For an openly out woman like Lauderback, the role as head of intelligence for a U.S. military service holds special significance. Such a position would have been out of reach for an openly gay person in years past, when more LGBTQ people were closeted and the pervasive view was employing them in intelligence roles would be a national security threat if they were blackmailed.

Lauderback, who served when the military asked applicants whether or not they were homosexual and barred those who responded “yes,” recognizes the importance of an openly gay woman now heading up an entire office of intelligence for a U.S. military service.

“It’s really very significant that the fact that I can be out means that nobody can hold this over my head and I can serve openly and be the best intelligence officer that I could possibly be,” she said.

But it took a while to get there. Lauderback graduated from college in 1993, when “Don’t Ask, Don’t Tell” became the law of the land, and has had assignments in the military since that time as she continued to pursue advanced degrees. Under that law, Lauderback had to keep quiet about being a lesbian or risk being discharged.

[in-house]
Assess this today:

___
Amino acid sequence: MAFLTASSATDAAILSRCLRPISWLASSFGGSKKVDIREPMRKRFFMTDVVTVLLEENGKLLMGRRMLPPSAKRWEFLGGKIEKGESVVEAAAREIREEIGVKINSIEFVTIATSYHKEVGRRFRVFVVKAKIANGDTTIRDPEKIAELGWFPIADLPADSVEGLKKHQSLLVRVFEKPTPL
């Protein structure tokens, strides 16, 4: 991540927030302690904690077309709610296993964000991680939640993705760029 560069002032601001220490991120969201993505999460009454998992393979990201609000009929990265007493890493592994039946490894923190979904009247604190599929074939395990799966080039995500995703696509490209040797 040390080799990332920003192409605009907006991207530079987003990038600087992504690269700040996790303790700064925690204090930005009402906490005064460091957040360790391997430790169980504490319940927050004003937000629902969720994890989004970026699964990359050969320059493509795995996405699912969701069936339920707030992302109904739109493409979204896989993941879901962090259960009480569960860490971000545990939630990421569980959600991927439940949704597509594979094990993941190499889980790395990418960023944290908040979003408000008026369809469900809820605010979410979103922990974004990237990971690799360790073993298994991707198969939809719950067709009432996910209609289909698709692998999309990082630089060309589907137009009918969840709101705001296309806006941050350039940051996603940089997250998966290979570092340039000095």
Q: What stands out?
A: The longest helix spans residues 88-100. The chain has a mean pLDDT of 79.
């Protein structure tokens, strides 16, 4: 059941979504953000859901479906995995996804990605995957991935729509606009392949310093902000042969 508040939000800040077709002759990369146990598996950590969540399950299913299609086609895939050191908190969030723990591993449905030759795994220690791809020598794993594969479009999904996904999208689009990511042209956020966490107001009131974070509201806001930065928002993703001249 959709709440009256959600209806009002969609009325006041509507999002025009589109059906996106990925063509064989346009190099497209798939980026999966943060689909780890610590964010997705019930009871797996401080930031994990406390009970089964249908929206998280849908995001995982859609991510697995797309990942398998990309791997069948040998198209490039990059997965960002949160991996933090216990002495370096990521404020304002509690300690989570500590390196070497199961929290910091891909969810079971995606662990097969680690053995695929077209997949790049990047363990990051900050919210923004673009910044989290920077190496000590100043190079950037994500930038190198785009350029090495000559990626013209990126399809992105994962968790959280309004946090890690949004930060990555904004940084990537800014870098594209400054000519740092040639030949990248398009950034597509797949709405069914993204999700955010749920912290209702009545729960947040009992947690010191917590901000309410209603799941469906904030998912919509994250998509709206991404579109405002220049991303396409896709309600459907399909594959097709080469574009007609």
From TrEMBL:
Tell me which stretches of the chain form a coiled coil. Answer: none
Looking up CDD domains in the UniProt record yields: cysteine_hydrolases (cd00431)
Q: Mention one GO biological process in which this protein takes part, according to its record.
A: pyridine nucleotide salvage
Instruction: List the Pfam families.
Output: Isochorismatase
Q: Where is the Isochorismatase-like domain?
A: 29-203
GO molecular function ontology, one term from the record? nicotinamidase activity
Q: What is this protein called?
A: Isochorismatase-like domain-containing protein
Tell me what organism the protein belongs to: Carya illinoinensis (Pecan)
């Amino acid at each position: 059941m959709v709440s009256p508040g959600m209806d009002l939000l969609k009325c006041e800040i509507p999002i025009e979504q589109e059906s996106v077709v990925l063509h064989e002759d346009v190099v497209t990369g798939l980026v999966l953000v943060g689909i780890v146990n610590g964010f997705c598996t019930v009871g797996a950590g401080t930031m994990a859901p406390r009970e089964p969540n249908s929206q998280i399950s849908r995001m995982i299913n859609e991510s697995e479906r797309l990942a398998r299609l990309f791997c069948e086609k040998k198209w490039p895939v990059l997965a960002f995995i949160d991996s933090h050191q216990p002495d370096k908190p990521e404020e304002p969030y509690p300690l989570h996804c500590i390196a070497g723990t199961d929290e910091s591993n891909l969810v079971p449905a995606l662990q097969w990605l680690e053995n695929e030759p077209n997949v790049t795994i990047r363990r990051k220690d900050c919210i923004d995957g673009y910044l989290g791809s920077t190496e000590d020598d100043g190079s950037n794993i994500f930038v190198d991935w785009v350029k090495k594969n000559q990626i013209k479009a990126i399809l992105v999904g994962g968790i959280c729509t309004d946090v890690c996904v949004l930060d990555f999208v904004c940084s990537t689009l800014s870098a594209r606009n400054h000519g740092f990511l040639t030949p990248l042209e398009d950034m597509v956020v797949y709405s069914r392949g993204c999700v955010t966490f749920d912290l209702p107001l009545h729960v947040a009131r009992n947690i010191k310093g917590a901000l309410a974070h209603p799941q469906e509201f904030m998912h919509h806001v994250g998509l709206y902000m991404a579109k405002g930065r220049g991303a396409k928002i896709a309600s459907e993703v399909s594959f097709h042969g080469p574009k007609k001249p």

“Certainly, when I first came out — and I was really enjoying my job, and I wanted to make the Air Force a career — but every day it was a concern, and absolutely made me untruthful at times, which is so embarrassing to say and humiliating at this point,” Lauderback said. “I had to lie at times. I was still hidden as a gay member in the service, but I trudged through that.”

Lauderback said during the years under “Don’t Ask, Don’t Tell” she became “less and less paranoid” and was able to find a friend at every base where she was stationed that she could trust with the truth about her sexual orientation. Those friends, she said, supported her on base and when she went on deployment.

Things changed in September 2011. After former President Barack Obama signed “Don’t Ask, Don’t Tell” repeal, the U.S. military certified it was ready to allow openly gay people in its ranks. The long ban was over and Lauderback was no longer forced to keep being gay a secret.

“I, like many others I’m sure, wept a little bit,” she said. “We had the conversations with friends about how different this was going to be, and it was very different. Immediately I felt the weight off my shoulders, immediately I knew that I had recourse if I felt that I was going to be discriminated against at any point in time, I felt that I knew I could go and make a complaint about things.”

Since that time, Lauderback married her spouse, Brenda Hall. The two have been happily married for years, Lauderback said.

Brenda Hall and Leah Lauderback (Photo courtesy U.S. Air Force)

But nearly 10 years since “Don’t Ask, Don’t Tell” was lifted, and shortly after transgender service members were allowed to begin service after President Joe Biden reversed the previous administration’s ban, Lauderback said issues for LGBTQ service members remain and many gay service members are still afraid to come out.